For the sleeveless/straps bodice:
For the strap style front side bodice we cannot just do what we did for the Centre front bodice, as this would also raise the position of the armpit – if this is what you want then you can go ahead and do that method, and raise the back bodice in the same way.
However assuming it is only the neckline you want to raise, draw a line vertically up from the highest point of the side bodice piece (1” for me):
Redraw the lines either side of your vertical line to meet the new high point of the side bodice:
Now your armpit position is exactly as it was before, and only the neckline has changed. Because of this, the back bodice piece needs no alteration.
Again, when you are raising the neckline in this way, you may need to do an unlined toile to check your princess seams, and as above you may find you need to take your princess seams in where you have raised the neckline. If this is the case, try your toile on inside out and pin along the princess seams where they need taking in, measure how much needs removing, and alter your pattern piece accordingly.
Moving on to the second part of today’s tutorial!
HOW TO CREATE A MORE DRAMATIC FLUTTER SLEEVE
Take your Flutter sleeve pattern piece and draw it out on a new piece of paper, and cut it out so you aren’t making adjustments to your original pattern piece. Draw vertical lines across the whole pattern piece, you can space them out as you like, I spaced them out by about 1.5-2”.
You can do this neater than me, it’s one of the few things that is harder to do digitally than on paper, at least for me! ;)
Next, cut through each vertical line you made being sure the leave the bit at the very top edge attached, so it can act as a hinge and you can spread the pieces apart around the hinge to increase the size of the pattern piece.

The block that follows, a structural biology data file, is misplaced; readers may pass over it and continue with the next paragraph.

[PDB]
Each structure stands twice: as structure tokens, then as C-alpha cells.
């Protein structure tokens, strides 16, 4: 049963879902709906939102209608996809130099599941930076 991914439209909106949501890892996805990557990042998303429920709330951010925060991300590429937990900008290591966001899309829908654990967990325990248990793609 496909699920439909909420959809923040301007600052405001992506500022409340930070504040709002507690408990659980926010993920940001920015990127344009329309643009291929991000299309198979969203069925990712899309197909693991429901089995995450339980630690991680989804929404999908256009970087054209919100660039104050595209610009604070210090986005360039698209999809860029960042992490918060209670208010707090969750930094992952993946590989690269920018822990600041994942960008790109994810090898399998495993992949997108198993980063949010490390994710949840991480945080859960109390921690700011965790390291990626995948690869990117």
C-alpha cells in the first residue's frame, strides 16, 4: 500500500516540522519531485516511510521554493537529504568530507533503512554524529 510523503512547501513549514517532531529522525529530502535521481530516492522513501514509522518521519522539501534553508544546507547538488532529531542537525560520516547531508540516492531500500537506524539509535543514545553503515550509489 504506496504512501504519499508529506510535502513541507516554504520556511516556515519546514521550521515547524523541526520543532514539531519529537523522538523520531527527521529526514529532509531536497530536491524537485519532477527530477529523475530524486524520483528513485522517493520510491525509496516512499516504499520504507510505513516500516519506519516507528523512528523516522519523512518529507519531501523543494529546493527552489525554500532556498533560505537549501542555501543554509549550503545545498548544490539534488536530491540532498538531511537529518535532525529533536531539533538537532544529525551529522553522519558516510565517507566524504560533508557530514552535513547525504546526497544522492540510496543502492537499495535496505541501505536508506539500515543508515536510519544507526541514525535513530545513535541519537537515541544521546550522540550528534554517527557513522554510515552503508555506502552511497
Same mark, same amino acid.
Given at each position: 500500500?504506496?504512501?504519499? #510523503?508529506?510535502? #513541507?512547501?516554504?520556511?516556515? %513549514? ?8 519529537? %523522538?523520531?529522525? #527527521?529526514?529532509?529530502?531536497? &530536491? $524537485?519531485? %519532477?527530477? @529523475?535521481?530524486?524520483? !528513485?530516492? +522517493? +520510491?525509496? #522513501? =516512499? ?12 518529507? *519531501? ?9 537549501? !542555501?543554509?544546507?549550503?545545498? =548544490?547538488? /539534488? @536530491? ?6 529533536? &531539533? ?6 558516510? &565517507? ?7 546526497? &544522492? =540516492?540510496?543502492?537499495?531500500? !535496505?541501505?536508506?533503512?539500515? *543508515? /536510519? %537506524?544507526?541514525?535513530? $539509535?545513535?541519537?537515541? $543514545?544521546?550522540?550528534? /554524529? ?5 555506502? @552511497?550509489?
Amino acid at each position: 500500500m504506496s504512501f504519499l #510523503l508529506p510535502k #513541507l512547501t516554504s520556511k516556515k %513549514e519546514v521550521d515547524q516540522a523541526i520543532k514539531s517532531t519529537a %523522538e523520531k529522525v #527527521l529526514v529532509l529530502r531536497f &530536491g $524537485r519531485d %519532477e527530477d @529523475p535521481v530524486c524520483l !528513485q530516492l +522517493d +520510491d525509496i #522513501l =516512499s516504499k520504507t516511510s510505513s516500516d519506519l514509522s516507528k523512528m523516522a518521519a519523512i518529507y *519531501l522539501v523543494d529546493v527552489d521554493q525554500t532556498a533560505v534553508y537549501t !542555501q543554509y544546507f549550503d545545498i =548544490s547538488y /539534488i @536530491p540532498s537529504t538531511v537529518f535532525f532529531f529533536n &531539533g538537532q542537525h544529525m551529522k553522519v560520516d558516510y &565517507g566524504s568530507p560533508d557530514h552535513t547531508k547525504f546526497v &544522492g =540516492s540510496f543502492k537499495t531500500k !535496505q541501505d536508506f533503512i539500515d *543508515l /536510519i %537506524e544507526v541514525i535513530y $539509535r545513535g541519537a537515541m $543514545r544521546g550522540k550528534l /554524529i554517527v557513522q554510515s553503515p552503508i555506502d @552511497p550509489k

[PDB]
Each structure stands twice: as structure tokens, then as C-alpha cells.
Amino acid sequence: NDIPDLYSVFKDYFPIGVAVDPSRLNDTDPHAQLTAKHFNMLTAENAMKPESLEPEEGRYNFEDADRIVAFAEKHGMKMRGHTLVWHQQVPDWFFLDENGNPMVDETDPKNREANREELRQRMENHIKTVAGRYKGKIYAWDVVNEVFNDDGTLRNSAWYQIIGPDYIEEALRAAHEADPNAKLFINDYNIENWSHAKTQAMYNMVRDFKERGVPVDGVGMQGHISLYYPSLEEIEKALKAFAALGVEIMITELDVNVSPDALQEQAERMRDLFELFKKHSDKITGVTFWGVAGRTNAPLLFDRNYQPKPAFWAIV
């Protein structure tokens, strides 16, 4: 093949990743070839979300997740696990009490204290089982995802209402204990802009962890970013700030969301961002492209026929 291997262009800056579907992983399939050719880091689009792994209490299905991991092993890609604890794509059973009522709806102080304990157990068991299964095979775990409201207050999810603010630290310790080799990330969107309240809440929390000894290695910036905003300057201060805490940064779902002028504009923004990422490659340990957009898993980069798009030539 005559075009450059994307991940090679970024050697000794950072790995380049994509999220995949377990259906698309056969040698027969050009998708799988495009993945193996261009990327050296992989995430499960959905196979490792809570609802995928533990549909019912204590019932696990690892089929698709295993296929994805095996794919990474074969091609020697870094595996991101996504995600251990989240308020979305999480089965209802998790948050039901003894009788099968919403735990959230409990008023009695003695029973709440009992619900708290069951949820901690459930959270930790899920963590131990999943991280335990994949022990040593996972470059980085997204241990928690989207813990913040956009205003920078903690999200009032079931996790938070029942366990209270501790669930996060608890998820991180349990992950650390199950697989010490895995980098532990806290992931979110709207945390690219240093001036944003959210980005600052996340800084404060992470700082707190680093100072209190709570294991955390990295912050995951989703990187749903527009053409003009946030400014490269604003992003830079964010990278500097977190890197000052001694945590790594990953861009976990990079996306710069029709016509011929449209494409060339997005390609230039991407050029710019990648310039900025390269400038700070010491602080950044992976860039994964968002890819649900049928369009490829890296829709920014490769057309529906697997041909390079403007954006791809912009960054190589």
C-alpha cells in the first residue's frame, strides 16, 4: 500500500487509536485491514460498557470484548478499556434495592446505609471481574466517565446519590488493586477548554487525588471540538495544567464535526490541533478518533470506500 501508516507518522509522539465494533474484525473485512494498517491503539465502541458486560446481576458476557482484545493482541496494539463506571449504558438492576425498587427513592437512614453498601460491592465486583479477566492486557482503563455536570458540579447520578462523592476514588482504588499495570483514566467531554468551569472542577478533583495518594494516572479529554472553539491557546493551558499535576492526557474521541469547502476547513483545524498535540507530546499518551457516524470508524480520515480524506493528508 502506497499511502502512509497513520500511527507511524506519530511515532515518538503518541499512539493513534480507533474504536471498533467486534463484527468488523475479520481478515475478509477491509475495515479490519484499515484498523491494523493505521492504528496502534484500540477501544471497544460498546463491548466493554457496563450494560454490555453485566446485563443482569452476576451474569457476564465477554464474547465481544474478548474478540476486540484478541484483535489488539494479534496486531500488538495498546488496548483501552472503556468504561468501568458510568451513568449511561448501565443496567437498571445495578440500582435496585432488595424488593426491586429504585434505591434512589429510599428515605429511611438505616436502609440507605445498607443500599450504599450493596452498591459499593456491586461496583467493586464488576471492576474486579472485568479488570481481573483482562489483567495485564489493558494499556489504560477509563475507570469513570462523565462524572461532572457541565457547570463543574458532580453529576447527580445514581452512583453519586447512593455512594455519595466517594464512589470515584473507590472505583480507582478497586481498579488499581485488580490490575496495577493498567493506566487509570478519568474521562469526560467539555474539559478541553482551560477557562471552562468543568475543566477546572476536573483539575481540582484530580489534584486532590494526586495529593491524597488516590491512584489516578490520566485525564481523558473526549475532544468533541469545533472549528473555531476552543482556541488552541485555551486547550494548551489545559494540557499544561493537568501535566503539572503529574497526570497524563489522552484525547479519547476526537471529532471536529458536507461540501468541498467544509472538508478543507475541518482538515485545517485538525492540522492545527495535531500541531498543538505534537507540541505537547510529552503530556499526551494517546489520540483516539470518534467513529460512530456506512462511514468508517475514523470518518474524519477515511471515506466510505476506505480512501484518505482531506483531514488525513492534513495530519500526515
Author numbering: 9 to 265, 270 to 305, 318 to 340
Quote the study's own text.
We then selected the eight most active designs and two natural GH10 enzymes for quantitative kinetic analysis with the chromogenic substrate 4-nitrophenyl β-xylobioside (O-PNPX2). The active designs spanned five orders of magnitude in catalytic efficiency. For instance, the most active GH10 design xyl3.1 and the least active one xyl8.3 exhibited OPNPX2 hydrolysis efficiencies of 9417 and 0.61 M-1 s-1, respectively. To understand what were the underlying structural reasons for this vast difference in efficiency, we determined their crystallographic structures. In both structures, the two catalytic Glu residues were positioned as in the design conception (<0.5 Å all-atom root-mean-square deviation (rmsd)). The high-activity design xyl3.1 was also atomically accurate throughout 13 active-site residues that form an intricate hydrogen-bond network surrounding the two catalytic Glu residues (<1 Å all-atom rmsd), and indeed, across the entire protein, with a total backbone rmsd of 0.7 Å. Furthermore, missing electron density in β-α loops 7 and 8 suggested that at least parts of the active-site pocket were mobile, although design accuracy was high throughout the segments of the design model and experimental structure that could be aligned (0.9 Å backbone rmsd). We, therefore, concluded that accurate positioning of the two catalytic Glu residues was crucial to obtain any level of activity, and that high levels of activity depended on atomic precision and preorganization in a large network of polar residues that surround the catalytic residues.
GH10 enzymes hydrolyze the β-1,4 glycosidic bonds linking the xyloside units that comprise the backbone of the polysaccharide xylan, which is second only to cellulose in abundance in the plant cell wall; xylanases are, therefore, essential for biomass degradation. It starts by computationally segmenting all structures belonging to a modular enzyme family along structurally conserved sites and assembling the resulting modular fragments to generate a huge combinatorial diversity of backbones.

Spread the pieces apart like this, over a new piece of paper, you can spread them as much or as little as you want depending on the size sleeve you want to create, like so:
On average I have spread each of my pieces about 3 inches apart for a good amount of drama ;)
Now stick your spread out pattern pieces down to your new piece of paper to hold them in the position you want, and draw around them – you will need to redraw lines a little bit to make sure the edges of the pattern are smooth, like this:
I also wanted my sleeves to be a little bit longer, so I added an inch in length all round. If you want to do this, before you cut out the pattern piece you drew in the last step, measure and draw 1” lines (or however much longer you want to make it) periodically around the outer edge of the sleeve and then connect them with a smooth line, like this:
Now you have a sleeve that is fuller and longer, but still have the same armscye size so you can still attach it to your bodice in the same way as the Nyeca tutorial describes.
That’s the sleeves done! Moving on to the next section….
ADDING A GATHERED WAISTBAND
The method is the same to do this to the sleeve and straps versions of the bodice, so I will just demonstrate this on the sleeve bodice.
First, if you need to make any adjustments to your side waist do that first according to the Nyeca tutorial instructions.
Next, make copies of your front, side, and back bodice pieces, and decide what depth you want your finished waistband to be. My waistband is a little over 3” but you can make it whatever size you prefer.